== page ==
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  2. Abstract

We previously reported that national liver distribution is highly concentrated in 6 US centers, and this raises the possibility of expedited placement. Therefore, we evaluated all national offers of nationally placed livers (n=1625) to adult wait-list candidates from February 2005 to January 2010. We developed a model to predict national utilization pathways; pathways exceeding the best-fit linear unbiased predictions by ≥3 standard errors were defined as preferred. All 51 donation service areas (DSAs) placed 1 or more livers nationally, but the percentage per DSA ranged from 1% to 36%. Of 2830 possible national DSA-center pathways, 87% were used. Five hundred eighty livers (36%) were accepted on the first national offer. Four DSAs accounted for 47% of first-national-offer livers, and 44% of these were accepted by a single center. In comparison with first-offer livers using nonpreferred pathways, first offers along a preferred pathway were offered to fewer status 1 candidates (19% versus 61%) and had lower median Model for End-Stage Liver Disease (MELD) scores (22 versus 36, P<0.001). In conclusion, DSA placement patterns of national livers vary widely, with 4 DSAs exporting a high proportion of national livers on the first national offer to non–status 1 candidates with MELD scores less than their local transplant MELD scores. Although this practice may facilitate liver placement, it raises the possibility of expedience trumping patient need. Here we propose changes to the national liver distribution system that will help to balance equity, efficiency, and transparency. Liver Transpl 19:404–410, 2013. © 2013 AASLD.


Centers for Disease Control and Prevention


donor risk index


donation service area


liver transplant Model for End-Stage Liver Disease


Model for End-Stage Liver Disease


organ procurement organization


Organ Procurement and Transplantation Network


United Network for Organ Sharing.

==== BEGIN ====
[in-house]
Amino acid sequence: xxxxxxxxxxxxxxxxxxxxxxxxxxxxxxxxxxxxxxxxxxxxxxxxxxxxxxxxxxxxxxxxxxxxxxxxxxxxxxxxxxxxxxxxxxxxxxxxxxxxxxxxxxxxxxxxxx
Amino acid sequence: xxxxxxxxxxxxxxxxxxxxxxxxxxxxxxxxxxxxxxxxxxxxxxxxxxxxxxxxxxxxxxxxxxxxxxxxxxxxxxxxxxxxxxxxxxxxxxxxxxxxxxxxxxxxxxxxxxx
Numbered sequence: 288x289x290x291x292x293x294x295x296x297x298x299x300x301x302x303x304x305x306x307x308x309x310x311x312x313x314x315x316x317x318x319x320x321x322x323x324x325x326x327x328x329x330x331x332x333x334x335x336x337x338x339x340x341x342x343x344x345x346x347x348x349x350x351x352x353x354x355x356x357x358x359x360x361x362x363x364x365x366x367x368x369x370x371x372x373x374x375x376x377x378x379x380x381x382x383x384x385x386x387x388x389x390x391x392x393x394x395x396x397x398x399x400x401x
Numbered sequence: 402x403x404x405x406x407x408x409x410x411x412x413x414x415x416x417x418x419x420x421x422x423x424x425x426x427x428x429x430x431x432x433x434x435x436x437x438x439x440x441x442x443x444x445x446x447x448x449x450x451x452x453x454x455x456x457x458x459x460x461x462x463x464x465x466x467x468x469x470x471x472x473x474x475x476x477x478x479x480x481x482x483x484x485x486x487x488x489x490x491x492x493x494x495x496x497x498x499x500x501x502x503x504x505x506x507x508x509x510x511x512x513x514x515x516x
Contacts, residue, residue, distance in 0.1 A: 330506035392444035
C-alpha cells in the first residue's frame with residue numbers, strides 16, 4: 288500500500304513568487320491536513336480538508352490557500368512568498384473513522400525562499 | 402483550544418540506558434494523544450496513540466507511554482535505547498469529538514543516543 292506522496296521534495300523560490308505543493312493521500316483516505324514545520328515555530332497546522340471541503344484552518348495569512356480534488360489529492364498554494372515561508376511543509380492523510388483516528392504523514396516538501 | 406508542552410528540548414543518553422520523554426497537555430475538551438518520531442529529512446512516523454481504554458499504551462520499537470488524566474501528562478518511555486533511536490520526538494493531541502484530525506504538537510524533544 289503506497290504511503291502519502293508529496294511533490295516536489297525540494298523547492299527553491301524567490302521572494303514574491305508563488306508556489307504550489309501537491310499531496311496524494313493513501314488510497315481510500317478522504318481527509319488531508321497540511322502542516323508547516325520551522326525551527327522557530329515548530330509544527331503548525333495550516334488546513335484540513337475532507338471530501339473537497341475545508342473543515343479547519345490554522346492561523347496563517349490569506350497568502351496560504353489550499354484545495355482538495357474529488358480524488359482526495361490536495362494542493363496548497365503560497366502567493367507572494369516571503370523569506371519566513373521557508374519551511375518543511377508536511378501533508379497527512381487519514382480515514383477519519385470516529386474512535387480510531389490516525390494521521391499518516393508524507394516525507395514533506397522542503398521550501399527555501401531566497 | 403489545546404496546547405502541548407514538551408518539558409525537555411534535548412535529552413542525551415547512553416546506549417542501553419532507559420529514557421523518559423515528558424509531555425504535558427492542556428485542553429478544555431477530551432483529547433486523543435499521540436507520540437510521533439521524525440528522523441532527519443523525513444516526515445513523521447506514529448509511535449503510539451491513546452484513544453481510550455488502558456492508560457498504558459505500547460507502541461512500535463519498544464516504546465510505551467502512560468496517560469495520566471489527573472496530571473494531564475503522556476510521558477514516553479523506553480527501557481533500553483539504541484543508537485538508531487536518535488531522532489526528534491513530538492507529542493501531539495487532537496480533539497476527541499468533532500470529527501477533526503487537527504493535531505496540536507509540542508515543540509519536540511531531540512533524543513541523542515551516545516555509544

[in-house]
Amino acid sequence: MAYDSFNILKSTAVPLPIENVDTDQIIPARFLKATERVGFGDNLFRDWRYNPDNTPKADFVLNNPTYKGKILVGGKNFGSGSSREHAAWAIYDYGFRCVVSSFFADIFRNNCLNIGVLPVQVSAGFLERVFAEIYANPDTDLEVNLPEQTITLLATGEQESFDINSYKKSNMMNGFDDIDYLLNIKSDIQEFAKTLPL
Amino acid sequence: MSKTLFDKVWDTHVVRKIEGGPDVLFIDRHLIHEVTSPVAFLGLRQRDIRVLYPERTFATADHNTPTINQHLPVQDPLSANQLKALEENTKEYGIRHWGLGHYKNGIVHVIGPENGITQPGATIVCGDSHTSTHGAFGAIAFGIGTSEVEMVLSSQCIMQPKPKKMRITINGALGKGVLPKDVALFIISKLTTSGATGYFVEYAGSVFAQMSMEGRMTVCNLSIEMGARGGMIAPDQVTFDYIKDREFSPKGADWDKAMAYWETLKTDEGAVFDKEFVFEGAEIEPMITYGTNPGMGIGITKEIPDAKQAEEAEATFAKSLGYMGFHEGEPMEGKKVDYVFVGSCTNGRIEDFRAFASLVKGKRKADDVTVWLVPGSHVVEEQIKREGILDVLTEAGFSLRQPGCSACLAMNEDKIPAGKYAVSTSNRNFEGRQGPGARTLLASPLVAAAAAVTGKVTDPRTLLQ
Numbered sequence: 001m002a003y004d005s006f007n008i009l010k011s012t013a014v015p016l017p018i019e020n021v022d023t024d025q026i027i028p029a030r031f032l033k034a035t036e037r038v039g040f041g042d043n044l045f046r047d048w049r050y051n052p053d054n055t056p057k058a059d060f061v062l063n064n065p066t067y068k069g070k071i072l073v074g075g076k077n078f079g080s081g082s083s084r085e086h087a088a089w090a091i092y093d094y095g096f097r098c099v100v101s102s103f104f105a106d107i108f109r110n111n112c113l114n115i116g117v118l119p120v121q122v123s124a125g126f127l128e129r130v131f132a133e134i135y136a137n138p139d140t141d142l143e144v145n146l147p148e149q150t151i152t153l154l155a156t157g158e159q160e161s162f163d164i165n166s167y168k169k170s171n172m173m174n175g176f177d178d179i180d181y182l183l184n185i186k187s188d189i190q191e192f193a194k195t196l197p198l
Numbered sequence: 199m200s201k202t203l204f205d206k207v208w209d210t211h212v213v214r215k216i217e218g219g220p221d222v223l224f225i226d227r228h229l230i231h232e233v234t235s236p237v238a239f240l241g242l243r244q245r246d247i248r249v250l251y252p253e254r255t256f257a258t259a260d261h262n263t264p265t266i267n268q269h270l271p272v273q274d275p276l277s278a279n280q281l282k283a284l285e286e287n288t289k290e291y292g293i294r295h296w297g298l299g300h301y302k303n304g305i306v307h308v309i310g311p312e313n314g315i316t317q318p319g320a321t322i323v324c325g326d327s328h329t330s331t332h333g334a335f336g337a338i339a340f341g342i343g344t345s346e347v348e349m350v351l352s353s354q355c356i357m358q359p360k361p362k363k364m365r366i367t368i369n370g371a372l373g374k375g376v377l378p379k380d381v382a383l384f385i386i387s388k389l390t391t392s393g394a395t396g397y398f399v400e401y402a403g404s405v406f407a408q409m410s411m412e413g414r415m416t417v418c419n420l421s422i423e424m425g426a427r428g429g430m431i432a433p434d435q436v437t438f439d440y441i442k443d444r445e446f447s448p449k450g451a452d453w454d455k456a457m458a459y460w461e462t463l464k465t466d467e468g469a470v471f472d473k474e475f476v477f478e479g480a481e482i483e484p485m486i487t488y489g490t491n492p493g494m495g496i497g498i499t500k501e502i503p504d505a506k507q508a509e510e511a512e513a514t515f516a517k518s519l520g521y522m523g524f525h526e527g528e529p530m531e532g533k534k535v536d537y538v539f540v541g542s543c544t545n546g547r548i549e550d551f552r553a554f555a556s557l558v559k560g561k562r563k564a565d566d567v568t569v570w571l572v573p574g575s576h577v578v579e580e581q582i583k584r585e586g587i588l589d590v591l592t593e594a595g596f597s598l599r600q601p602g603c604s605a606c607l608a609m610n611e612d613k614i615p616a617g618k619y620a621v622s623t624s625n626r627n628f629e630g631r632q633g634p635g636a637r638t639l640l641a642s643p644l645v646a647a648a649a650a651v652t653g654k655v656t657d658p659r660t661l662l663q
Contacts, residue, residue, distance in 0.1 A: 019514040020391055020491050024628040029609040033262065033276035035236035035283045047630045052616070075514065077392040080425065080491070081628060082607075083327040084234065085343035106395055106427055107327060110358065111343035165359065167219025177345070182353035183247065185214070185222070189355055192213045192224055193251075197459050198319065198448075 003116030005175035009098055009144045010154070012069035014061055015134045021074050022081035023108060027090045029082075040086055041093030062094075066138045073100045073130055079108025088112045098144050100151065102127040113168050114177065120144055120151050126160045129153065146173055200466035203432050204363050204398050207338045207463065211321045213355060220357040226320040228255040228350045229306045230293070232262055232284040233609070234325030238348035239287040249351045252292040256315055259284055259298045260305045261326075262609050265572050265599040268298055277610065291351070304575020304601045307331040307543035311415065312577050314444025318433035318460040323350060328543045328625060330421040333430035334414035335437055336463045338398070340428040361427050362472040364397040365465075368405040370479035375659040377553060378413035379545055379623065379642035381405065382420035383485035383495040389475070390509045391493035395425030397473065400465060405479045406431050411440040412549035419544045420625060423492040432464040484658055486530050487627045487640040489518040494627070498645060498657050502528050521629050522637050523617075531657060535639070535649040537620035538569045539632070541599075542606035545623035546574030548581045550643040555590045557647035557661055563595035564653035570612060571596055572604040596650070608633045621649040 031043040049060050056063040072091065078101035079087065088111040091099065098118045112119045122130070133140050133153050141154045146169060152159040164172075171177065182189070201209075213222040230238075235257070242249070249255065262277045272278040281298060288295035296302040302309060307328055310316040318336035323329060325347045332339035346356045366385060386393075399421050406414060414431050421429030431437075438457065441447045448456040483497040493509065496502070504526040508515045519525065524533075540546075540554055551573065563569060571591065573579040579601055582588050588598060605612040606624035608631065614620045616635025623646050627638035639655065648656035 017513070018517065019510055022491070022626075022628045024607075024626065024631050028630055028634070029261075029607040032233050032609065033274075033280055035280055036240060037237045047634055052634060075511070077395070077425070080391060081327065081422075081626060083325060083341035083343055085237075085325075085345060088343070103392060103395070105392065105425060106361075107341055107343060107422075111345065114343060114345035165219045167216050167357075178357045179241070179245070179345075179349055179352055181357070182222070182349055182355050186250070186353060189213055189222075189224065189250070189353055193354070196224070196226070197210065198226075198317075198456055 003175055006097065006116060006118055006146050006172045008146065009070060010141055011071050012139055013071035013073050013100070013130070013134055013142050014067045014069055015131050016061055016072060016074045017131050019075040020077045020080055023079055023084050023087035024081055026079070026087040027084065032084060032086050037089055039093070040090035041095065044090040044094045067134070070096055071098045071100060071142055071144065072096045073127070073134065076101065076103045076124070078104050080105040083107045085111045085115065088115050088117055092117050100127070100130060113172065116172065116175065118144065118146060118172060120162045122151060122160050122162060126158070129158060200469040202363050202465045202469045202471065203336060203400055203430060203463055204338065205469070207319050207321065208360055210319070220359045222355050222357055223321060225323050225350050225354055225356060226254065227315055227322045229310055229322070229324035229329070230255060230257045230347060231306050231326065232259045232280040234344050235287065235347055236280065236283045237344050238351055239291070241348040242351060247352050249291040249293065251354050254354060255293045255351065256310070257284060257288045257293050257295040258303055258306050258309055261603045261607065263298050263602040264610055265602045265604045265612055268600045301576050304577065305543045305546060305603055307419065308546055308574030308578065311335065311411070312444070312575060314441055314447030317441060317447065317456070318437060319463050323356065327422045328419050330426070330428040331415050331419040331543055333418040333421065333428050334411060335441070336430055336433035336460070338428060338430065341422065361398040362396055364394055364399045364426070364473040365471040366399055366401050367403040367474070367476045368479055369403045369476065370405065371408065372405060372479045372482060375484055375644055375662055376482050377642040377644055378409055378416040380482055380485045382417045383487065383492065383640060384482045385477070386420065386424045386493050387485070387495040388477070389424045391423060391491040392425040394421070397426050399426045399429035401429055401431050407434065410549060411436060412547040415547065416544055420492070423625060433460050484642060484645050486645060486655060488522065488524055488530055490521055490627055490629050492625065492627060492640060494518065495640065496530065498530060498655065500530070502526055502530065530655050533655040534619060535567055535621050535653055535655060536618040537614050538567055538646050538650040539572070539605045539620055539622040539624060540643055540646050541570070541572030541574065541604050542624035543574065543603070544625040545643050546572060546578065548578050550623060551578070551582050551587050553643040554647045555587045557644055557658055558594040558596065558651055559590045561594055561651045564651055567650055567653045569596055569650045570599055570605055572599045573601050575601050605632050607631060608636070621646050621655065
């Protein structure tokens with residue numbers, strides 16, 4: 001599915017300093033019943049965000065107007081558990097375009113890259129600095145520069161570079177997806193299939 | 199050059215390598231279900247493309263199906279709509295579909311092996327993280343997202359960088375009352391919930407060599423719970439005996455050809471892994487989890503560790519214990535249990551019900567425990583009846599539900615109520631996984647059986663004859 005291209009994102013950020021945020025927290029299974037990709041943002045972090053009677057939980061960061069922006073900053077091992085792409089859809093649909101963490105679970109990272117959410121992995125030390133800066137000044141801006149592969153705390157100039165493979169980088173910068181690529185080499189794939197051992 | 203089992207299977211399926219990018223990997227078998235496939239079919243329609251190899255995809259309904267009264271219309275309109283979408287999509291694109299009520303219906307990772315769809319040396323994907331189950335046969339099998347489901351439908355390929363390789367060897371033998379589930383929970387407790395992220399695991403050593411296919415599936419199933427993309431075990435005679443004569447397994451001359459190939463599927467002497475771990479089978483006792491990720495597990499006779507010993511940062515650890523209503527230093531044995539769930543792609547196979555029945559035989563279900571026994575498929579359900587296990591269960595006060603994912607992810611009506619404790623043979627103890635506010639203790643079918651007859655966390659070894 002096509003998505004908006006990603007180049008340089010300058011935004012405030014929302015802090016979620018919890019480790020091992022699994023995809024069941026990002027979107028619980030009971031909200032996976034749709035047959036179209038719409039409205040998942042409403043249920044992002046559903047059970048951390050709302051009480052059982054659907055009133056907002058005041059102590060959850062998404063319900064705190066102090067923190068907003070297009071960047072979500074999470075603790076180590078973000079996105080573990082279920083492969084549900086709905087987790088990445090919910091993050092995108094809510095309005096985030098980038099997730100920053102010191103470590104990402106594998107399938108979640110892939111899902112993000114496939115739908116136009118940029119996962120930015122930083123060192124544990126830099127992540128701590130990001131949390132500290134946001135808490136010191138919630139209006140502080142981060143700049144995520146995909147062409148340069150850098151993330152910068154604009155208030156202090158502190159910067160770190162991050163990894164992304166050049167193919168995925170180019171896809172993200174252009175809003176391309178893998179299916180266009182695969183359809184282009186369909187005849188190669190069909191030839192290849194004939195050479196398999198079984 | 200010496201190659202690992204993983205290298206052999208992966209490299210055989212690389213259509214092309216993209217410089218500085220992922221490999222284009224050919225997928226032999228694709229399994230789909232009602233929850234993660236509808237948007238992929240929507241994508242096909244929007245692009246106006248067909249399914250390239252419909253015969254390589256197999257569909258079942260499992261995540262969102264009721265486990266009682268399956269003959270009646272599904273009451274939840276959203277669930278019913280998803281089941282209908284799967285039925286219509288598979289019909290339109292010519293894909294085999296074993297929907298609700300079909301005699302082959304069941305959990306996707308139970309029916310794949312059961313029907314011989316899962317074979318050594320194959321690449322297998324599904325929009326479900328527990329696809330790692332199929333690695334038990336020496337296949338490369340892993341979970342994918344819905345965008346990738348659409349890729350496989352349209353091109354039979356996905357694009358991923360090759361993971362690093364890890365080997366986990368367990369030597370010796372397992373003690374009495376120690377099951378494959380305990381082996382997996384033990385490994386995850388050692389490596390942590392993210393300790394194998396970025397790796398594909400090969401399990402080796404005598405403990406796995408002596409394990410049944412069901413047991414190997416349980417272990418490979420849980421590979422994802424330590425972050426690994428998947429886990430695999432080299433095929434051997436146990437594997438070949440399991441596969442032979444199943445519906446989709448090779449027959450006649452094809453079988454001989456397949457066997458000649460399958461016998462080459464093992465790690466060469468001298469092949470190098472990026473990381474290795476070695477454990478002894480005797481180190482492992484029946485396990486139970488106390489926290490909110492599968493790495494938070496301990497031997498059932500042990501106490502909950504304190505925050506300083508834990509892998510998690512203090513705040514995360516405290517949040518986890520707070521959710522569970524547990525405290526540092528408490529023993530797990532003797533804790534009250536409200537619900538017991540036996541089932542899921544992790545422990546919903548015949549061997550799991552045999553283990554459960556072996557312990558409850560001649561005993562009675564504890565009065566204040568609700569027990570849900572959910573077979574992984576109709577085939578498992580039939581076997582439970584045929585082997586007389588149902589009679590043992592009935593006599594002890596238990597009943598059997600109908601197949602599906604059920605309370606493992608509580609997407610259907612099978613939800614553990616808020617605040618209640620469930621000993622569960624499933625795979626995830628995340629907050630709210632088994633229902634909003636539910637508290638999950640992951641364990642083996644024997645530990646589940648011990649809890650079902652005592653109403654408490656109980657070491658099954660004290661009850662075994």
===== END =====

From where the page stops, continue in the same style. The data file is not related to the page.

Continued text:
Currently, deceased donor livers are primarily allocated and distributed within the donation service area (DSA) in which the donor is located.[1] These service areas are governed by organ procurement organizations (OPOs) that coordinate the donation and distribution process once actual donors have been identified. Within the DSAs (there are currently 58), there are transplant centers that place patients on organ-specific wait lists. Each transplant center is a member of a specific DSA.

When a donor liver becomes available, the Organ Procurement and Transplantation Network (OPTN) generates a list of candidates in the order in which the OPO must offer the liver. This match run prioritizes the candidates in accordance with OPTN policy, which considers not only the Model for End-Stage Liver Disease (MELD) score but also the location of the listing transplant center with respect to the donor {ie, local (within the DSA in which the transplant center is located), regional (within 1 of the 11 regions in the United States), or national [outside the United Network for Organ Sharing (UNOS) region]}. After offers are made to status 1 patients located within the same region as the donor, the liver is next offered, in MELD score order, to candidates within the donor's DSA governed by the local OPO. If the liver is refused by all local candidates with MELD scores≥15, it is offered to candidates residing outside the local DSA but within the UNOS region in which the liver was procured and then to candidates outside the UNOS region.

This allocation and distribution algorithm attempts to enhance organ availability for candidates according to disease severity while limiting organ transport distances. It works well when organs are high-quality: after a match run, high-quality livers are placed quickly because acceptance rates are high. However, the placement of lower quality livers can be challenging because OPOs must sequentially offer organs to a multitude of candidates who are listed at any number of the 152 US liver transplant centers.[2] The process is slowed by the small number of centers (10) to which an offer can be made simultaneously and by the hour time period afforded for consideration and decision.

This protracted process for the placement of suboptimal-quality organs may incentivize expedited placement mechanisms outside OPTN policy that do not adhere to the computer-generated match run in order to facilitate national liver placement. Although one would expect that the pattern of offering and accepting national livers would generally mirror the national distribution of candidates by MELD score, the distribution of nationally placed livers is highly concentrated in 6 centers that accept two-thirds of nationally placed livers (high-importer centers).[3] This has led to speculation about whether OPOs are using expedited placement mechanisms for the majority of national livers.[4] Therefore, in this study, we aimed to characterize the offer pathways of nationally distributed livers in an effort to answer this question.